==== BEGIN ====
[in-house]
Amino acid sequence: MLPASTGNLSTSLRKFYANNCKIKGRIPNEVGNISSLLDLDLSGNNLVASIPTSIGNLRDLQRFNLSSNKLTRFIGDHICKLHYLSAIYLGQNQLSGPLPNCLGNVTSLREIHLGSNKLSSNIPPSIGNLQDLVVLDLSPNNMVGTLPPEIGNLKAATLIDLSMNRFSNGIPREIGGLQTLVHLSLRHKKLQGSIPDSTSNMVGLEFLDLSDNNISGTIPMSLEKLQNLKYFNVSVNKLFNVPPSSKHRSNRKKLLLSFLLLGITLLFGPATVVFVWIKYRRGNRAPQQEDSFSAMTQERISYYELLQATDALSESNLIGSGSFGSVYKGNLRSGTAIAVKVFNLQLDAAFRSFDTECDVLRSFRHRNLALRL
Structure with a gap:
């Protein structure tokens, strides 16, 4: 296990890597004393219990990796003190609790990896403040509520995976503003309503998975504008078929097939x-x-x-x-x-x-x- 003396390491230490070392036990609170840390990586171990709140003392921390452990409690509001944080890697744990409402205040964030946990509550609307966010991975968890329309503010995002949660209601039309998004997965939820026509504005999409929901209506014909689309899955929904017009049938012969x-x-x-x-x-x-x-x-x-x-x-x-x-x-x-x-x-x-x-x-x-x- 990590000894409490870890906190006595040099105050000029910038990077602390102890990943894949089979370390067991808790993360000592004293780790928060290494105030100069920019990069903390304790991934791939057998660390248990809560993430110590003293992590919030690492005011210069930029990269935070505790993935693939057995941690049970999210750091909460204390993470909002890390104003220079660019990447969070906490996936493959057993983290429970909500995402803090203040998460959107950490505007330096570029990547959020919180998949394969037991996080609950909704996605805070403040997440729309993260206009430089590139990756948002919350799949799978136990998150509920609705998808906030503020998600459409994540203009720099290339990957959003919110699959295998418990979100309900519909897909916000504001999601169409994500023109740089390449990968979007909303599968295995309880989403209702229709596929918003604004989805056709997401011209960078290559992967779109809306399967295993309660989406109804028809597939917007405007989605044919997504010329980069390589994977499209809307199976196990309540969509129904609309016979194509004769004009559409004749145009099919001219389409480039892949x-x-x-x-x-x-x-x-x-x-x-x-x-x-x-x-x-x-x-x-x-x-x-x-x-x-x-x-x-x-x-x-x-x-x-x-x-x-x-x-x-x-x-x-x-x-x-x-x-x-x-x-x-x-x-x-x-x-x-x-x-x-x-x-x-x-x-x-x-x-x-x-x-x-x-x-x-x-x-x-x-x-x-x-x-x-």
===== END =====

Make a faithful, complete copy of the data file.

[in-house]
Amino acid sequence: MLPASTGNLSTSLRKFYANNCKIKGRIPNEVGNISSLLDLDLSGNNLVASIPTSIGNLRDLQRFNLSSNKLTRFIGDHICKLHYLSAIYLGQNQLSGPLPNCLGNVTSLREIHLGSNKLSSNIPPSIGNLQDLVVLDLSPNNMVGTLPPEIGNLKAATLIDLSMNRFSNGIPREIGGLQTLVHLSLRHKKLQGSIPDSTSNMVGLEFLDLSDNNISGTIPMSLEKLQNLKYFNVSVNKLFNVPPSSKHRSNRKKLLLSFLLLGITLLFGPATVVFVWIKYRRGNRAPQQEDSFSAMTQERISYYELLQATDALSESNLIGSGSFGSVYKGNLRSGTAIAVKVFNLQLDAAFRSFDTECDVLRSFRHRNLALRL
Structure with a gap:
């Protein structure tokens, strides 16, 4: 296990890597004393219990990796003190609790990896403040509520995976503003309503998975504008078929097939x-x-x-x-x-x-x- 003396390491230490070392036990609170840390990586171990709140003392921390452990409690509001944080890697744990409402205040964030946990509550609307966010991975968890329309503010995002949660209601039309998004997965939820026509504005999409929901209506014909689309899955929904017009049938012969x-x-x-x-x-x-x-x-x-x-x-x-x-x-x-x-x-x-x-x-x-x- 990590000894409490870890906190006595040099105050000029910038990077602390102890990943894949089979370390067991808790993360000592004293780790928060290494105030100069920019990069903390304790991934791939057998660390248990809560993430110590003293992590919030690492005011210069930029990269935070505790993935693939057995941690049970999210750091909460204390993470909002890390104003220079660019990447969070906490996936493959057993983290429970909500995402803090203040998460959107950490505007330096570029990547959020919180998949394969037991996080609950909704996605805070403040997440729309993260206009430089590139990756948002919350799949799978136990998150509920609705998808906030503020998600459409994540203009720099290339990957959003919110699959295998418990979100309900519909897909916000504001999601169409994500023109740089390449990968979007909303599968295995309880989403209702229709596929918003604004989805056709997401011209960078290559992967779109809306399967295993309660989406109804028809597939917007405007989605044919997504010329980069390589994977499209809307199976196990309540969509129904609309016979194509004769004009559409004749145009099919001219389409480039892949x-x-x-x-x-x-x-x-x-x-x-x-x-x-x-x-x-x-x-x-x-x-x-x-x-x-x-x-x-x-x-x-x-x-x-x-x-x-x-x-x-x-x-x-x-x-x-x-x-x-x-x-x-x-x-x-x-x-x-x-x-x-x-x-x-x-x-x-x-x-x-x-x-x-x-x-x-x-x-x-x-x-x-x-x-x-």